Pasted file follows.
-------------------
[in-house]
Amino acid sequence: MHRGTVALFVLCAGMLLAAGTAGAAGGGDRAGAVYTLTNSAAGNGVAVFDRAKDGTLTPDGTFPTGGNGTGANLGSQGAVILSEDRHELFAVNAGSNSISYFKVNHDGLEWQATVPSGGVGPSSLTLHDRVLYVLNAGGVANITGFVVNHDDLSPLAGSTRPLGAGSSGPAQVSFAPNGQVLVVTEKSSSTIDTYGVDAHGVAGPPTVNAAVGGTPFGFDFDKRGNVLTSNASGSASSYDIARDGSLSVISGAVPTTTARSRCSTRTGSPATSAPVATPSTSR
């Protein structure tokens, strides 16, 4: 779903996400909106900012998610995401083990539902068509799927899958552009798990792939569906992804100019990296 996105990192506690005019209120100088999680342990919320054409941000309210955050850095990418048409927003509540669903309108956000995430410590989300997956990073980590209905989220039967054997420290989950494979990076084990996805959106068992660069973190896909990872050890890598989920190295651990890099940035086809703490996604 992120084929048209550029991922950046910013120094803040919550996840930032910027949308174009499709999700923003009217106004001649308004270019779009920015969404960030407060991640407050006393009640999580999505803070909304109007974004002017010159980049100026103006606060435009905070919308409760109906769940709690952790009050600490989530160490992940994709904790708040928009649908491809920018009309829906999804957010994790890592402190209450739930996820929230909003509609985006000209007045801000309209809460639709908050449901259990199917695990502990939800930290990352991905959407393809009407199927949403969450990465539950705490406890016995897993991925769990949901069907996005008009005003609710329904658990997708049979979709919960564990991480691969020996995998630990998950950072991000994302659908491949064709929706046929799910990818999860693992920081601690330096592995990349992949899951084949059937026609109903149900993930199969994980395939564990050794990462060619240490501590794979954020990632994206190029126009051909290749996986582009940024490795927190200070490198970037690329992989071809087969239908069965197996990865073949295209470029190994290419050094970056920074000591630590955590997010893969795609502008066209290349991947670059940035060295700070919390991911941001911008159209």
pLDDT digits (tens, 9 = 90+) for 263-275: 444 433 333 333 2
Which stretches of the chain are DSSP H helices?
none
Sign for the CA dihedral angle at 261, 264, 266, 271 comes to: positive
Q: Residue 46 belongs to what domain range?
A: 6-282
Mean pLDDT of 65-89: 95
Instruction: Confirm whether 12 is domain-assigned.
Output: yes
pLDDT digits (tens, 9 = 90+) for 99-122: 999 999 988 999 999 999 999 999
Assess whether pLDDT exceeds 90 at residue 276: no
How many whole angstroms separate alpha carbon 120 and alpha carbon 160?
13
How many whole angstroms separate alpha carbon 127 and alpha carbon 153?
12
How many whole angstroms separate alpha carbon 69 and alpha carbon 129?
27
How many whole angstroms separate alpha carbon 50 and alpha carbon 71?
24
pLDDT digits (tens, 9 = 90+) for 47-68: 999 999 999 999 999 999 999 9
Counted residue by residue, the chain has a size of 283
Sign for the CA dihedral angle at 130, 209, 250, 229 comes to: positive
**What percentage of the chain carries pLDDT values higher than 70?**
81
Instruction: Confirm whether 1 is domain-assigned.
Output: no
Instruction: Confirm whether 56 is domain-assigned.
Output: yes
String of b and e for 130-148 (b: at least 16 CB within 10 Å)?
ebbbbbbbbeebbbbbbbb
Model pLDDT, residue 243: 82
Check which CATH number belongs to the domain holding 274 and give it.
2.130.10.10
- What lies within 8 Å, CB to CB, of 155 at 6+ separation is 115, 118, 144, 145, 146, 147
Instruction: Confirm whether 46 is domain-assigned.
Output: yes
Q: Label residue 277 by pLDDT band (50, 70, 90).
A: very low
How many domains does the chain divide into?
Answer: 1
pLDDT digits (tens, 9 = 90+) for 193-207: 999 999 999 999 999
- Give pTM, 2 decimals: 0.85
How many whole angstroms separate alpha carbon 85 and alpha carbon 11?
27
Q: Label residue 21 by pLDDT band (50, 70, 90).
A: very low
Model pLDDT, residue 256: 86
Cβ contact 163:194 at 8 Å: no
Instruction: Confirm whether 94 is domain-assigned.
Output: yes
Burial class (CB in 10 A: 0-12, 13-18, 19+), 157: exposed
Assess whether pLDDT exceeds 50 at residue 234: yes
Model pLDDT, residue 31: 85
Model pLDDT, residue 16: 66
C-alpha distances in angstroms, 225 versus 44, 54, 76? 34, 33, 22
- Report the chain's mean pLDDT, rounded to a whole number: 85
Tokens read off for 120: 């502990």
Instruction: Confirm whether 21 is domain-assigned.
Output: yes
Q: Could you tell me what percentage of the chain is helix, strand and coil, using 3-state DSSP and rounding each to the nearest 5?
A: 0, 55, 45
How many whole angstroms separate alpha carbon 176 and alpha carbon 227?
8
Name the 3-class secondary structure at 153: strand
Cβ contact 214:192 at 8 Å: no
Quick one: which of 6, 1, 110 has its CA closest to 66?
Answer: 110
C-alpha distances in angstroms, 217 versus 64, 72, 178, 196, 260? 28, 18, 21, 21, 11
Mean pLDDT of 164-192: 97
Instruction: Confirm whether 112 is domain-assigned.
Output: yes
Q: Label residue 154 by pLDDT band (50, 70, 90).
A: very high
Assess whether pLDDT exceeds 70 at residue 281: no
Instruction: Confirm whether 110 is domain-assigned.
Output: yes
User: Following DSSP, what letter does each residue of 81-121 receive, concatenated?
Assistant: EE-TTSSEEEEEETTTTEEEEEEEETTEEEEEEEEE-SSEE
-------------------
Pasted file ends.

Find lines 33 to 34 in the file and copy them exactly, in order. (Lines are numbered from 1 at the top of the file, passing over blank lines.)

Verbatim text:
ebbbbbbbbeebbbbbbbb
Model pLDDT, residue 243: 82